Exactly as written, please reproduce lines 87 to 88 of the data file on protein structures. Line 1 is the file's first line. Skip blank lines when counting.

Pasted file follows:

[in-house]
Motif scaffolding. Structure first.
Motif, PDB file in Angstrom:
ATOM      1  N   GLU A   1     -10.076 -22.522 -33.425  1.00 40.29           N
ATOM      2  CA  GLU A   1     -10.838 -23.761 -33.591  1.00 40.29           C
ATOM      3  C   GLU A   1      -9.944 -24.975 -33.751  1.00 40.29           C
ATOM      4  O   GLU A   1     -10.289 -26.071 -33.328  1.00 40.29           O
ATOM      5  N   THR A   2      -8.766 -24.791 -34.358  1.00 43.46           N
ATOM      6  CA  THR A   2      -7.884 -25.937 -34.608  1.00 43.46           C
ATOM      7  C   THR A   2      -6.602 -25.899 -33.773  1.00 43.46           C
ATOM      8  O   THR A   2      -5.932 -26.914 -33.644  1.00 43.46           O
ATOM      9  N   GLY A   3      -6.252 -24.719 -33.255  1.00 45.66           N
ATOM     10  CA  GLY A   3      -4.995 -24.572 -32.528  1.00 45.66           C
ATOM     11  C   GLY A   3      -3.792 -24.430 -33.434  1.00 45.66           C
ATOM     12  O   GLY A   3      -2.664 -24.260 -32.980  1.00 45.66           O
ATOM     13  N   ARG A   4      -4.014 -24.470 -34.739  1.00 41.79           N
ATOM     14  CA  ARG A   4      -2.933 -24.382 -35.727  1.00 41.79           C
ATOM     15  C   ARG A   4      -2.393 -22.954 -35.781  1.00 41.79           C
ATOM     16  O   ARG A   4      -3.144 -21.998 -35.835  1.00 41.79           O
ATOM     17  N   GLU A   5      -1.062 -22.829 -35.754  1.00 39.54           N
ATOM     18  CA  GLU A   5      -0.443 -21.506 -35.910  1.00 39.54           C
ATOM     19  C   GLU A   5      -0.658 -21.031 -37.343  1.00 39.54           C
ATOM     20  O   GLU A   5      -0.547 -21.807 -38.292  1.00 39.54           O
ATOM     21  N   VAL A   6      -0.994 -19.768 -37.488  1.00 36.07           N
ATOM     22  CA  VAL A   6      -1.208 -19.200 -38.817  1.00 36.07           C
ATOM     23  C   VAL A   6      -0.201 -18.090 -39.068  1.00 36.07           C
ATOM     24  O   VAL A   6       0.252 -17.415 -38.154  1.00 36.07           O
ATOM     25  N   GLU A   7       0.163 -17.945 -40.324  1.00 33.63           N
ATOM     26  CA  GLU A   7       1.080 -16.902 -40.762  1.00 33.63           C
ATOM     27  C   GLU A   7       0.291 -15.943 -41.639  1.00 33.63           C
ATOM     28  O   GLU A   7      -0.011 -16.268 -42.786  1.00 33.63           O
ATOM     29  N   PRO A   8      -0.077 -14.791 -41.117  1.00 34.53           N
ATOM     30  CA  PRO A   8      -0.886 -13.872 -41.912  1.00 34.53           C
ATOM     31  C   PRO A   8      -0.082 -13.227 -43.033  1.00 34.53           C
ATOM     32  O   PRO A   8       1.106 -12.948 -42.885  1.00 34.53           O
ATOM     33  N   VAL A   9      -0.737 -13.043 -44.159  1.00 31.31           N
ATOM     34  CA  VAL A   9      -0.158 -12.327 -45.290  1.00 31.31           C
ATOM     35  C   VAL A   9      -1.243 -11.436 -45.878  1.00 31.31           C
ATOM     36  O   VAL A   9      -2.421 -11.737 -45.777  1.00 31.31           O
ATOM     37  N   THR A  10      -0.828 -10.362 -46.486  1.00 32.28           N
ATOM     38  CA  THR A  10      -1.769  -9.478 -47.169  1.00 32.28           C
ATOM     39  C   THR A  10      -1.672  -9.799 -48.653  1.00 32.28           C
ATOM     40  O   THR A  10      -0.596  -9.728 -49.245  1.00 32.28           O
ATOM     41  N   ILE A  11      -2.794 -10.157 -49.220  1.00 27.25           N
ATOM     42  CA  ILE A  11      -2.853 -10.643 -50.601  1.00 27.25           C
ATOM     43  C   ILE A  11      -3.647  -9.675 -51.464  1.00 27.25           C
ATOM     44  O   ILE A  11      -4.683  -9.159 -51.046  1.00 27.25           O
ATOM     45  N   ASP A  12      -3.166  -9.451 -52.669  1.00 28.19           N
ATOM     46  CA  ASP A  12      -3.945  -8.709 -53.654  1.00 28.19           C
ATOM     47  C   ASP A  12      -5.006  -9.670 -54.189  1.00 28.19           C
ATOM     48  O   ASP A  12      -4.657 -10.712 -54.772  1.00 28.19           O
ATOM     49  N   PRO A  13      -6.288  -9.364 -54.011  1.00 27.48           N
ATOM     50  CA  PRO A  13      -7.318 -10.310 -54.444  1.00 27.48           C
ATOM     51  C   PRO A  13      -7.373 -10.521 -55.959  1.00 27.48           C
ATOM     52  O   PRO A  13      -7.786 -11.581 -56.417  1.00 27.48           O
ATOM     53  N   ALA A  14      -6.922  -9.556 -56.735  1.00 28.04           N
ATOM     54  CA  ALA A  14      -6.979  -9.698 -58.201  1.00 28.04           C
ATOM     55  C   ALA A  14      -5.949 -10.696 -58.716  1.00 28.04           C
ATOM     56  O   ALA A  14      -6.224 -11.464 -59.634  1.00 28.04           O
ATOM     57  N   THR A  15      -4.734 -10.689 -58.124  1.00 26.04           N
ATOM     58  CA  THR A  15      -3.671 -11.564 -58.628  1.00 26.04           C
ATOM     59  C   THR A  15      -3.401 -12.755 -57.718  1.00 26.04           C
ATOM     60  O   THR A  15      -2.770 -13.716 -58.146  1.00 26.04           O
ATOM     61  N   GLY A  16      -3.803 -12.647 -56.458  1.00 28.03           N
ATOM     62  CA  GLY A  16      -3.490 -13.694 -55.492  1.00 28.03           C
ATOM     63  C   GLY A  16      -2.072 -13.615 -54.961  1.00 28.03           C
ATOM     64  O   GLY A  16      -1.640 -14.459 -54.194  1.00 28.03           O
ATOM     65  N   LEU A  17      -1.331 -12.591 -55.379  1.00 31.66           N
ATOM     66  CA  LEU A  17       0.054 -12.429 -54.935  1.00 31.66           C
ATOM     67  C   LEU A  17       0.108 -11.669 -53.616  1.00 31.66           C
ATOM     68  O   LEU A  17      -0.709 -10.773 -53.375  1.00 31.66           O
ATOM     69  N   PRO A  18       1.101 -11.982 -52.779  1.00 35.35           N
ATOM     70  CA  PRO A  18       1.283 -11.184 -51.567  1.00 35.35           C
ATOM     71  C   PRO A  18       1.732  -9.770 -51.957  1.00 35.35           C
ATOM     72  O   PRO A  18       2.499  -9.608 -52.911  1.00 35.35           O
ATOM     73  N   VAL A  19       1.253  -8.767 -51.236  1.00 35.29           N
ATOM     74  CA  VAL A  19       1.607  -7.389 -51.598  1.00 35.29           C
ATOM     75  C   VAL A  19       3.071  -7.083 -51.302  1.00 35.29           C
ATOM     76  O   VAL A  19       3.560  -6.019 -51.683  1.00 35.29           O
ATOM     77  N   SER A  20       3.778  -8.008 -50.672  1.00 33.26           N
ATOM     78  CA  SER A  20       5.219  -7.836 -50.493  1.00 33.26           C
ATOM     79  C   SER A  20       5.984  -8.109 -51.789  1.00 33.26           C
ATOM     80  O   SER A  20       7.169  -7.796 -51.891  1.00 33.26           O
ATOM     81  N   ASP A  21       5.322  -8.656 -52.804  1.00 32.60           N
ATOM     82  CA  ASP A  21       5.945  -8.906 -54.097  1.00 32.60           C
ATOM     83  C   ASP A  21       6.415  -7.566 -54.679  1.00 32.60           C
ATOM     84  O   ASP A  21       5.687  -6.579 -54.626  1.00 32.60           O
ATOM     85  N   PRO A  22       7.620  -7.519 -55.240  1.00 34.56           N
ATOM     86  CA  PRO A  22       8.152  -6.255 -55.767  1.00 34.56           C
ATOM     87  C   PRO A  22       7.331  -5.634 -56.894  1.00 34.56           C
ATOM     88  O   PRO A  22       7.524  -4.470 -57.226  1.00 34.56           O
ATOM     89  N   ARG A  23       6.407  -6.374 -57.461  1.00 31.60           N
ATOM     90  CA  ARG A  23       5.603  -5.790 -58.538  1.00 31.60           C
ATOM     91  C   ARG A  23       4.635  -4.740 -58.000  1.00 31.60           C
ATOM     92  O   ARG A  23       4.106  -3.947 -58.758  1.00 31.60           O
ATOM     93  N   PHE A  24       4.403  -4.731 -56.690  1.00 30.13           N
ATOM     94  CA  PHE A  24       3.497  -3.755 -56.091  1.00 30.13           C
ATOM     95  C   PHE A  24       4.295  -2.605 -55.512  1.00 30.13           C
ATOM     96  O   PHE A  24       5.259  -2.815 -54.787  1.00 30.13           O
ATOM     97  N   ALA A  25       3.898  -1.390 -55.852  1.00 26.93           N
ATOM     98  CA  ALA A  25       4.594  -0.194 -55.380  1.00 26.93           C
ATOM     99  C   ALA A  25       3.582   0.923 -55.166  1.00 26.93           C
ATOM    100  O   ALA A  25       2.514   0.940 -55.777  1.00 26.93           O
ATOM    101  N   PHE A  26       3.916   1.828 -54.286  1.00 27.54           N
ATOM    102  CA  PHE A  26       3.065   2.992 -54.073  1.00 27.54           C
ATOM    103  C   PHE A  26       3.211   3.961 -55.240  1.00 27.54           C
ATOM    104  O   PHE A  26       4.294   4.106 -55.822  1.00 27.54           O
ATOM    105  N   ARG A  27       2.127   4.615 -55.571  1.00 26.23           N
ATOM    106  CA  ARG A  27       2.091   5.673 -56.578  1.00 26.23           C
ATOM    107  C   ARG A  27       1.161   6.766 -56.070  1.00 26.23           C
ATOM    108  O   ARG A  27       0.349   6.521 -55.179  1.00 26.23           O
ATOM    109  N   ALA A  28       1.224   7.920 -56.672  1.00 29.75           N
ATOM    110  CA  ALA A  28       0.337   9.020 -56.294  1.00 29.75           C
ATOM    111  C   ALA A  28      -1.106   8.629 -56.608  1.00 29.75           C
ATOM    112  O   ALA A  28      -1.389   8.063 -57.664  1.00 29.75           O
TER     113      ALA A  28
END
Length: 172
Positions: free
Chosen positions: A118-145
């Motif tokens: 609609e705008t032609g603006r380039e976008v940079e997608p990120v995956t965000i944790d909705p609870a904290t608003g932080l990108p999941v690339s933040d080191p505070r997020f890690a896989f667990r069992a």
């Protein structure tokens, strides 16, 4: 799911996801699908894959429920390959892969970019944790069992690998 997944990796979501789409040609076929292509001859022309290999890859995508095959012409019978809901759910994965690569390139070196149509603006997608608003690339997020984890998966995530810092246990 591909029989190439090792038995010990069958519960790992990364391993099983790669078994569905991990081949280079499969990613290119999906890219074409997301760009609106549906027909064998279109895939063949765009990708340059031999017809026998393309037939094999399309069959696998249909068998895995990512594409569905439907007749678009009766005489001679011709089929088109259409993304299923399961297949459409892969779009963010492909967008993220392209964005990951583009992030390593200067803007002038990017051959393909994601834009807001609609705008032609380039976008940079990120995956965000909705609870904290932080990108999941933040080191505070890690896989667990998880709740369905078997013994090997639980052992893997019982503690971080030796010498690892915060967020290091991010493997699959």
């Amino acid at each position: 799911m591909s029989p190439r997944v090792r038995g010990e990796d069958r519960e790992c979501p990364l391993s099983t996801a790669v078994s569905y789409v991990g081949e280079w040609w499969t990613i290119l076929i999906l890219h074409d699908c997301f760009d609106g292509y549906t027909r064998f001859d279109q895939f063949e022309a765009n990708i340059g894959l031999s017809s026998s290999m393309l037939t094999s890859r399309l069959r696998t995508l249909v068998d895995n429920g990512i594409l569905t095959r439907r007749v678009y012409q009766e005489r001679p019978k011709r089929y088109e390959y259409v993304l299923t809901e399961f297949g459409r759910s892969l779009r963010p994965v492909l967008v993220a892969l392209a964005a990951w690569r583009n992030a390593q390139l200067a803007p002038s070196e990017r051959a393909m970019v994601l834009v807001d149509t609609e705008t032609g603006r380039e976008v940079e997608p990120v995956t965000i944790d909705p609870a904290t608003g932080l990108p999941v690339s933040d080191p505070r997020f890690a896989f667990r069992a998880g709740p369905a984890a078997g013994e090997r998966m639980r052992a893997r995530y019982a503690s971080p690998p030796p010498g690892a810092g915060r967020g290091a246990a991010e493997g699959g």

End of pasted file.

ATOM     84  O   ASP A  21       5.687  -6.579 -54.626  1.00 32.60           O
ATOM     85  N   PRO A  22       7.620  -7.519 -55.240  1.00 34.56           N